“Like I said, everything I learned about Larry pointed to the fact he was a moron.  His father hated him, and his mother moved to be as far from him as possible.  She lives in Sorrento you know.  His father was a piece of work, and I first met him on a domestic call-out when their neighbors reported gunshots.  She had taken a beating, not the first, and not the last, and I had to say, I’d never seen anyone more relieved when the old man died.”

I wondered what Larry was making of this if he was listening in.  He had once told me, in passing, in one of many visits to the parent’s house to intervene, that he would kill his father if he didn’t stop.

But, Larry was all talk and no action and did nothing to stop it.  In the end, it was his wife Gabrielle, who finally ended the violence. 

When it happened she called me, the most familiar face, and told me what happened.  I then told her what to do, and it eventually kept her out of jail.  Over the years since our paths rarely crossed, but significantly I was on her Christmas card list.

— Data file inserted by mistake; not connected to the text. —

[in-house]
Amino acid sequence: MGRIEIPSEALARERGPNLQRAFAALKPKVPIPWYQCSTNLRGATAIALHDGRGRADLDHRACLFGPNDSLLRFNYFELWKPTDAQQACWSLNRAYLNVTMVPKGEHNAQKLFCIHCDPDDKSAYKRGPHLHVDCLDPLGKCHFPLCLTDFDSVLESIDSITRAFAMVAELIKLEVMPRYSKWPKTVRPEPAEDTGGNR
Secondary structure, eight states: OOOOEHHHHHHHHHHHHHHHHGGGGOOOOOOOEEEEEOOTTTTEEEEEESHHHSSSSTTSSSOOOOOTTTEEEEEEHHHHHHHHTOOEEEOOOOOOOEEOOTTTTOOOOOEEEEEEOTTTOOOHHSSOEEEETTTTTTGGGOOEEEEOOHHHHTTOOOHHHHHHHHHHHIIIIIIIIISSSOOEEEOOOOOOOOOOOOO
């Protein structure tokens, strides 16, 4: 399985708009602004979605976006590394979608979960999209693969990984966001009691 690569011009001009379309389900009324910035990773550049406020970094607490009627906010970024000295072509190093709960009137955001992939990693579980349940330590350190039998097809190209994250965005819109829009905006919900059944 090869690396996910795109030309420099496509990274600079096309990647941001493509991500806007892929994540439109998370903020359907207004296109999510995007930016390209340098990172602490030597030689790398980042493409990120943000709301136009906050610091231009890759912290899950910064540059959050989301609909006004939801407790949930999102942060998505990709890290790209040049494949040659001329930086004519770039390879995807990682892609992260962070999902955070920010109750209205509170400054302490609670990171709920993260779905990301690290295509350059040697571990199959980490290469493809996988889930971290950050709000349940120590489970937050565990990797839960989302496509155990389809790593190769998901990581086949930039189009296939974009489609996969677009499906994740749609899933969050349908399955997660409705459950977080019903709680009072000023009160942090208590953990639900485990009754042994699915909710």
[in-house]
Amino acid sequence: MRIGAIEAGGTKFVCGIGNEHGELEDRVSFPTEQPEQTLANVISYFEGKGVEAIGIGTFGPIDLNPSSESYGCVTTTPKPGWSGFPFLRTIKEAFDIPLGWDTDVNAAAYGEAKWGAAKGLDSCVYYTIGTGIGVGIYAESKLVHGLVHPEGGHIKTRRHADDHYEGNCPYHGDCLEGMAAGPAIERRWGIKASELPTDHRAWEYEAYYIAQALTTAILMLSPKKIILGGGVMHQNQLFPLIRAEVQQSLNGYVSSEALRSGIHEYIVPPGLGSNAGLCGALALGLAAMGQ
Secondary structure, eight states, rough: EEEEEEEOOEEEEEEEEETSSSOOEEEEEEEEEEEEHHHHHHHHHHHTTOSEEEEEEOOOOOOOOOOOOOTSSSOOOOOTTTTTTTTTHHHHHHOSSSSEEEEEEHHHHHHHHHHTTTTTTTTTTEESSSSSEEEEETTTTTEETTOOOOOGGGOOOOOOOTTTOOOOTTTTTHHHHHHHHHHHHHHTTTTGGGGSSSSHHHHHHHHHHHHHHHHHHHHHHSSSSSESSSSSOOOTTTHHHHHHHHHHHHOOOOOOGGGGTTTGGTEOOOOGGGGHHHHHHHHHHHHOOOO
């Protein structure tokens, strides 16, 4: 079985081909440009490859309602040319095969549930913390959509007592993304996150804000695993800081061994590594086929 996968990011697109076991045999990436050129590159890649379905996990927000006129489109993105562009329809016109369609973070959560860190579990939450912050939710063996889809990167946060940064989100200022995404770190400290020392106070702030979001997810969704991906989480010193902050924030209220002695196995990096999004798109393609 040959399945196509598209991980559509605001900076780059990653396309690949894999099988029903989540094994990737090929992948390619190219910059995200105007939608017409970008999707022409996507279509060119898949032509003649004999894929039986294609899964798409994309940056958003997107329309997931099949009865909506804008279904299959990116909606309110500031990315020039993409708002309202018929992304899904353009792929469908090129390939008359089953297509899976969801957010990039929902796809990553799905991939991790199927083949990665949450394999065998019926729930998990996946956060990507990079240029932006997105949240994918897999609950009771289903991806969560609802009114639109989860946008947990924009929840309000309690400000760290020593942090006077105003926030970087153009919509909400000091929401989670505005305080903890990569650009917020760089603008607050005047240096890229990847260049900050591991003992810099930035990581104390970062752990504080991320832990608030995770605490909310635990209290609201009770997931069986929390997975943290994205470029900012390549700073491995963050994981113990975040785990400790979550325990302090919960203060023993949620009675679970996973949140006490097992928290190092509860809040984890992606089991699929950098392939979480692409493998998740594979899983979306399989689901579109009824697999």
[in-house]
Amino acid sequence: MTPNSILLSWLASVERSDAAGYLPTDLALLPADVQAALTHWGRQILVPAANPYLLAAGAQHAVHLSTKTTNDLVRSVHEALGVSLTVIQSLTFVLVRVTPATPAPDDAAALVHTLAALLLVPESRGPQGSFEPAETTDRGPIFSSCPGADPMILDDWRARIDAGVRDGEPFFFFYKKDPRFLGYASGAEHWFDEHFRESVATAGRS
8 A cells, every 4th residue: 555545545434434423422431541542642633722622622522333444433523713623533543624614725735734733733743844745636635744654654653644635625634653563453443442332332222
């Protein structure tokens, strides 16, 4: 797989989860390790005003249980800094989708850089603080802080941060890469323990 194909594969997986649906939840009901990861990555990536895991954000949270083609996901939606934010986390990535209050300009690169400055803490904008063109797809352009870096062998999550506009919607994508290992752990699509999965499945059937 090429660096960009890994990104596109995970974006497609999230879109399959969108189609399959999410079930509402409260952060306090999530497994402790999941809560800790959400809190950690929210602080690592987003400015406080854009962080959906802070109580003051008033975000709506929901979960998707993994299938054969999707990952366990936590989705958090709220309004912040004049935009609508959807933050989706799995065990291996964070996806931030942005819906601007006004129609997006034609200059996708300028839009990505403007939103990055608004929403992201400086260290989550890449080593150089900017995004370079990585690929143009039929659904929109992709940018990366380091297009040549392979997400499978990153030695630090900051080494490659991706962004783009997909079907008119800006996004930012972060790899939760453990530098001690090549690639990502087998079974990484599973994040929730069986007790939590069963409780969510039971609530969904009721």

She had, when she learned I was living in Venice incited Violetta and I over for tea, and we went a few times, but the last was a long time ago.

“He doesn’t blame you for that too foes he?”

“Probably, but Gabrielle can put him straight on that.  I should go and see her, it’s been a while.”

 “What do you mean?  Go see Larry’s mother?”

“Why not?  The chances of Larry being there are remote.  It’ll have to be after Cecilia goes back home.  You want to come, see a bit more of Italy?”


The shock of the conversation direction had finally caught up with her.  I’d seen her glancing more than one at her phone, and equally wondering what Larry was making of it.

“Go see Larry’s mother.  We’re old friends.  I’m sure she’d give him a stern talking-to if she knew he wanted me dead, don’t you?”

“I don’t know.  I’ll have to see.”

“Of course.  Too short notice.”

I gave her one of my winning smiles, just as Cecilia loomed out of the darkness and came over, dropping heavily into the seat next to me, and complaining, “Well, that was a spectacular waste of time and effort.”

© Charles Heath 2022

An excerpt from “Mistaken Identity” – a work in progress

The odds of any one of us having a doppelganger are quite high. Whether or not you got to meet him or her, or be confronted by them was significantly lower. Except of course, unless you are a celebrity.